Yesterday the U.S. Supreme Court heard oral arguments in the case of Friedrichs v. California Teachers Association. Adam Liptak of the NY Times explains what is at stake in this case: “Under California law, which is similar to ones in more than 20 other states, public employees who choose not to join unions must pay a ‘fair-share service fee,’ also known as an agency fee, which is typically equivalent to members’ dues.” “Such fees are constitutional, the Supreme Court ruled in 1977 in Abood v. Detroit Board of Education. ‘To compel employees financially to support their collective-bargaining representative has an impact upon their First Amendment interests,’ Justice Potter Stewart wrote for the majority. But he wrote, ‘such interference as exists is constitutionally justified’ to prevent freeloading and to ensure ‘labor peace.'”
Richard Kahlenberg writing for the Century Foundation, explains what’s at stake in this case: “The current legal framework in which courts weigh cases such as Friedrichs is narrowly constrained, balancing the free speech rights of dissenting union members against the state’s interests in promoting stable labor relations with its public employees. In the 1977 case of Abood v. Detroit Board of Education, the U.S. Supreme Court reached a sensible compromise that properly balanced these two sets of interests by splitting union dues into two categories: those that support political speech, and those that support bread-and-butter collective bargaining. Because the First Amendment’s free speech clause provides a right to not be compelled by the state to subsidize speech with which one disagrees, dissenting public employees cannot be required by the state to join a union, or to subsidize the union’s political and lobbying efforts to promote certain positions of public concern.” In Abood, “the Court held, the state may prevent employees from being ‘free riders’ by compelling contribution to that portion of union membership dues that underwrite the cost of collective bargaining over issues such as wages and benefits… Free speech rights are never absolute… For instance, the government may, in fact, compel taxation from an individual who is opposed to the war in Afghanistan, and then use those funds to engage in speech to recruit soldiers for the war effort. Free speech rights must always be balanced against other considerations.”
Certainly there is politics behind this lawsuit. Those behind the Friedrichs case are known to be allied with and funded by groups that seek to weaken teachers’ unions and reduce the public expense incurred by paying teachers fairly and offering health plans and pensions. Here is Liptak in the NY Times: “‘In this era of broken municipal budgets and a national crisis in public education,’ a brief for the plaintiffs said, ‘it is difficult to imagine more politically charged issues than how much money local governments should devote to public employees, or what public policies public schools should adopt to best educate children.” With 3.2 million members, the National Education Association is the nation’s largest union, and opponents of collective bargaining view it as an important target.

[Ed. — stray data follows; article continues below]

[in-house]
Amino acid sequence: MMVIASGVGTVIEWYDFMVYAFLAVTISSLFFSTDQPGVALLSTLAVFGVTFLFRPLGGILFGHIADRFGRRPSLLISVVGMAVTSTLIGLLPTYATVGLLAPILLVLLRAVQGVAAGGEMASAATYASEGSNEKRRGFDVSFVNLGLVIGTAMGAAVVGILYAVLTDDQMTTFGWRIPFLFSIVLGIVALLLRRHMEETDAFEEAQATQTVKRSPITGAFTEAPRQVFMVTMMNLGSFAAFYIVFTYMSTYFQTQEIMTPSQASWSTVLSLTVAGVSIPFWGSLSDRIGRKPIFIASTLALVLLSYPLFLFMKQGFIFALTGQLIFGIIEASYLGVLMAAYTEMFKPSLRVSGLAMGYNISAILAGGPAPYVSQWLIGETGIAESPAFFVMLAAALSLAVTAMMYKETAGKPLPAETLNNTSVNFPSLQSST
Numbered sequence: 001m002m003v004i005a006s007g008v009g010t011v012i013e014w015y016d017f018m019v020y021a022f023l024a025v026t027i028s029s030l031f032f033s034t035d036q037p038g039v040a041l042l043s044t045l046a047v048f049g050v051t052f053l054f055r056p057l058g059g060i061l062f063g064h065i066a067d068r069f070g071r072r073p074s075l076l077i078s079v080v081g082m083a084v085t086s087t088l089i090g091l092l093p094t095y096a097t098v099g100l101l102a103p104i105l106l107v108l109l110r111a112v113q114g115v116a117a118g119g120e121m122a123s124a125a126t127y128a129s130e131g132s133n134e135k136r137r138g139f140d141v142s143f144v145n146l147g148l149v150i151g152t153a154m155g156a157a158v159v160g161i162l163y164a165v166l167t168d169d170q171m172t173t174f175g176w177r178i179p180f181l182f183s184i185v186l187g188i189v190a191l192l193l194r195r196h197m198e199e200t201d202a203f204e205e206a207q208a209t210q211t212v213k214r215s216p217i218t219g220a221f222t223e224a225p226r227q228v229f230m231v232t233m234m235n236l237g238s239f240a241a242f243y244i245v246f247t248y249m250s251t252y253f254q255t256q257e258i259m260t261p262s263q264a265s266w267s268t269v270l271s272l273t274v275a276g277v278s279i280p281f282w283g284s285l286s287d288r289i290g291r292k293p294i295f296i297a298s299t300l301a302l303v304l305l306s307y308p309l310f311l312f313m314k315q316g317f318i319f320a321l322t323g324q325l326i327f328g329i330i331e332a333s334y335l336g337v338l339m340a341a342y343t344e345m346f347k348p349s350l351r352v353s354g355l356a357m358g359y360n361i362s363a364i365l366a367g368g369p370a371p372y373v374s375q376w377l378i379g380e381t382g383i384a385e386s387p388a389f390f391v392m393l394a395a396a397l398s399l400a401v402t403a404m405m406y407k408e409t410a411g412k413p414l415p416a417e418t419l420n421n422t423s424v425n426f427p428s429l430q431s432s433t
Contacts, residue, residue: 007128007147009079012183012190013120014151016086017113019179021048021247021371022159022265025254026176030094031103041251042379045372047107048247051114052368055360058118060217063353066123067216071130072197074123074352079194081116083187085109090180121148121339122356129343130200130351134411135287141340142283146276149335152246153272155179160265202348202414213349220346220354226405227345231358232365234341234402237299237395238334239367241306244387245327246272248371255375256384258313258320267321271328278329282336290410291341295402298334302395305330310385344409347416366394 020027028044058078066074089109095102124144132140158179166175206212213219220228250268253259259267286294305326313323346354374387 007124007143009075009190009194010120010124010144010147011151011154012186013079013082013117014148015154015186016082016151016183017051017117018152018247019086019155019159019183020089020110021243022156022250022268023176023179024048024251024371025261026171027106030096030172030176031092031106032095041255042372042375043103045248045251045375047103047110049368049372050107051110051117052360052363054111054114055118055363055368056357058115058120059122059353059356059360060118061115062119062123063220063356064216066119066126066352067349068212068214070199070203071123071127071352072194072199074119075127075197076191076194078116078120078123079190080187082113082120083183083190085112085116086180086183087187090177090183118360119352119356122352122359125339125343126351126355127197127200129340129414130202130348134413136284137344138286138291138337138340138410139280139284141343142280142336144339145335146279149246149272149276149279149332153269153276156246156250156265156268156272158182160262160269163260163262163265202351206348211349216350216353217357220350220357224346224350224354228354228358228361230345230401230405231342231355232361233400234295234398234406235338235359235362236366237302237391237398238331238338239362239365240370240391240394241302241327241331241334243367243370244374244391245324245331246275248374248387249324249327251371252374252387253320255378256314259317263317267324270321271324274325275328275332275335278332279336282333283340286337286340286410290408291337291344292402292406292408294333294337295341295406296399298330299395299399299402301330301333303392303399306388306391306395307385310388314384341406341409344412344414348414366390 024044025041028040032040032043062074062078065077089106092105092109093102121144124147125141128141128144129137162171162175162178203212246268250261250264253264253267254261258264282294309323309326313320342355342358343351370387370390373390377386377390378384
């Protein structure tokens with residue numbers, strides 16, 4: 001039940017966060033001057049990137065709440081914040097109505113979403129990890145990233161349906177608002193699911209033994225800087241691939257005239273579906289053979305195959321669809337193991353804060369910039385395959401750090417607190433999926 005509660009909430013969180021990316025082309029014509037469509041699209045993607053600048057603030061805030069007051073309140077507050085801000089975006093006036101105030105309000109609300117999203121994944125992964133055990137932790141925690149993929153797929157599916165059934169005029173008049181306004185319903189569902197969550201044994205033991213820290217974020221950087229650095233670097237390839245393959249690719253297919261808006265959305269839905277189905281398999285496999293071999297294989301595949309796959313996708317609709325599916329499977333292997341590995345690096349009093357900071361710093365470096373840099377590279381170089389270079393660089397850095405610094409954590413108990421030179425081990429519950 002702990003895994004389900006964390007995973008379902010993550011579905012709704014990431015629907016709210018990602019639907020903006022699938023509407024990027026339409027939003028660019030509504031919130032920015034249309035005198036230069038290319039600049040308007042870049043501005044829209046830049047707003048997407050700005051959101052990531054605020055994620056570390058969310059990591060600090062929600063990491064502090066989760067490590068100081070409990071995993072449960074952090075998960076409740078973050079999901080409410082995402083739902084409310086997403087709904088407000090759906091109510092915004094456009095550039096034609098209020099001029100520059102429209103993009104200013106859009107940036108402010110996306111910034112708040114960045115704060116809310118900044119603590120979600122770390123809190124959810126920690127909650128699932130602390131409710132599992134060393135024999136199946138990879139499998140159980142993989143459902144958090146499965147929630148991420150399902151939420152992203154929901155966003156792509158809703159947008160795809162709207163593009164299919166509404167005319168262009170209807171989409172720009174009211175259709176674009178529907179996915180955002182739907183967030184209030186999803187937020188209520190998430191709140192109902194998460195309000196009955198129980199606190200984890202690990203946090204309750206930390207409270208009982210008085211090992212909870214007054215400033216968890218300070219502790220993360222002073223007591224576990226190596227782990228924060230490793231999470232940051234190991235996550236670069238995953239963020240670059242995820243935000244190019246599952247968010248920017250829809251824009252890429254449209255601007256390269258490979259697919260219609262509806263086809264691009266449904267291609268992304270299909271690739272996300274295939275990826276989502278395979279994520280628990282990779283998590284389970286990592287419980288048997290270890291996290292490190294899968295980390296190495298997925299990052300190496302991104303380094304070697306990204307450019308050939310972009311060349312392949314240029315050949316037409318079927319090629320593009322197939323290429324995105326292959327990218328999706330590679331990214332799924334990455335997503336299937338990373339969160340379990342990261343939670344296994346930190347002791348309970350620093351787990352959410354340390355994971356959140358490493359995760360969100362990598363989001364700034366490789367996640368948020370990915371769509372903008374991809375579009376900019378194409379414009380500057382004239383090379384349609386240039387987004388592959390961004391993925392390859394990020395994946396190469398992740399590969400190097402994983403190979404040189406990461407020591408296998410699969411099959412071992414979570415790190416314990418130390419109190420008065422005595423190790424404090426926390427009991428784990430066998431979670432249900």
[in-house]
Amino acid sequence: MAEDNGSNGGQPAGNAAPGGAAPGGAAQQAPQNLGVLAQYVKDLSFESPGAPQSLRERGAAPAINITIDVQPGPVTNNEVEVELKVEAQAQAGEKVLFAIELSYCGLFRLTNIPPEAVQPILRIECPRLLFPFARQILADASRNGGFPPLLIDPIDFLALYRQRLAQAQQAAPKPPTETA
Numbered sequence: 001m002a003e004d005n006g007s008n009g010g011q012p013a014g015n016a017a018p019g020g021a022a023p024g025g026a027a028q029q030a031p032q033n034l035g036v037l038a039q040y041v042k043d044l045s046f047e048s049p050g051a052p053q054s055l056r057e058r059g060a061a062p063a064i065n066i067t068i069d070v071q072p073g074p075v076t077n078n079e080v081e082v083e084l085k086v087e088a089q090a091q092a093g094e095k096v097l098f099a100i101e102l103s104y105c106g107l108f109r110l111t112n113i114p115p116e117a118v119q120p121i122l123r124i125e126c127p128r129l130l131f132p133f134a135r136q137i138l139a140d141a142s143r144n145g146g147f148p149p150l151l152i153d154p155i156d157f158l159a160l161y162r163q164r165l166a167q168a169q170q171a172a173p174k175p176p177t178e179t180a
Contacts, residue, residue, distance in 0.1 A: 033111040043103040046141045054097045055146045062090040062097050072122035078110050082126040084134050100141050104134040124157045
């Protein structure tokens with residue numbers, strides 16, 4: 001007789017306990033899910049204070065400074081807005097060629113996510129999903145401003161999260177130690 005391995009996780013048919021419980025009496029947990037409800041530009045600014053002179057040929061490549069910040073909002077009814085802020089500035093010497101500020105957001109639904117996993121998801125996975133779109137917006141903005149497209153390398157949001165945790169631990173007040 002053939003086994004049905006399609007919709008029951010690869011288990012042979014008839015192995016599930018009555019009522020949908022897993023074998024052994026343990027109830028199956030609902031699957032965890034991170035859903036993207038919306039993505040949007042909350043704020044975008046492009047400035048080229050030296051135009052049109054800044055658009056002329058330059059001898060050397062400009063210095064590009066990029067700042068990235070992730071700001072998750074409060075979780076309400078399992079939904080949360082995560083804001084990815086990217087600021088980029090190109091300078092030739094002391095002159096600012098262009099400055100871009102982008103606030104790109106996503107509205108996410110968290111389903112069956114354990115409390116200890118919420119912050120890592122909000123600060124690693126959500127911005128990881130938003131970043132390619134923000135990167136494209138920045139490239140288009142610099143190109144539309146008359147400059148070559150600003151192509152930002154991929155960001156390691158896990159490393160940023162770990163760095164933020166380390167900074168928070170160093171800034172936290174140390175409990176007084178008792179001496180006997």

Brian Mahoney, reporting for Politico, connects the dots directly between plaintiffs in Friedrichs and far-right funders who have sought for many years to undermine the right of public employees to organize: “The lawsuit… was brought by Rebecca Friedrichs and eight other California public school teachers who declined to join the union that represents them in collective bargaining. But the lawsuit’s true author looks to be the Milwaukee-based Lynde and Harry Bradley Foundation.” For more than 25 years, Wisconsin’s Bradley Foundation has served as the primary funder for the development, promotion and expansion of the Milwaukee Voucher Program. Mahoney continues: “The Bradley Foundation funds the Center for Individual Rights, the conservative D.C. nonprofit law firm that brought the case; it funds (or has funded) at least 11 organizations that submitted amicus briefs for the plaintiffs; and it’s funded a score of conservative organizations that support the lawsuit’s claim that the ‘fair-share fees’ nonmembers must pay are unconstitutional.” Groups that have submitted amicus briefs supporting the plaintiffs the Friedrichs case—and that have received funding from the Bradley Foundation over the years—include the Cato Institute, the Manhattan Institute, the Institute for Justice, the Beckett Fund for Religious Liberty, and the Mackinac Center for Public Policy. Mahoney adds that the Bradley Foundation was significantly involved in political efforts that passed right-to-work laws in Michigan and Wisconsin. A spokesperson from the Center for Individual Rights told Mahoney that the Center for Individual Rights sought out the plaintiffs in this case; it wasn’t Rebecca Friedrichs and the other plaintiffs who themselves sought legal assistance to represent their rights.
Richard Kahlenberg reflects at length on the consequences for all of us if the Supreme Court reverses its 1977 Abood decision and affirms the Friedrichs plaintiffs: “All unions—including, and perhaps especially, public sector unions—also contribute to one of the most important foundational interests of the state: democracy. And they do this in many different ways. Unions are critical civic organizations that serve as a check on government power. They are important players in promoting a strong middle class, upon which democracy depends. They serve as schools of democracy for workers. And teacher unions, in particular, help ensure that our educational system is sufficiently funded to teach children to become thoughtful and enlightened citizens in our self-governing democracy.”
Commentators, here and here, who observed the oral arguments yesterday predict that the Court is likely to split along ideological lines to overturn Abood and weaken the position of public employee unions.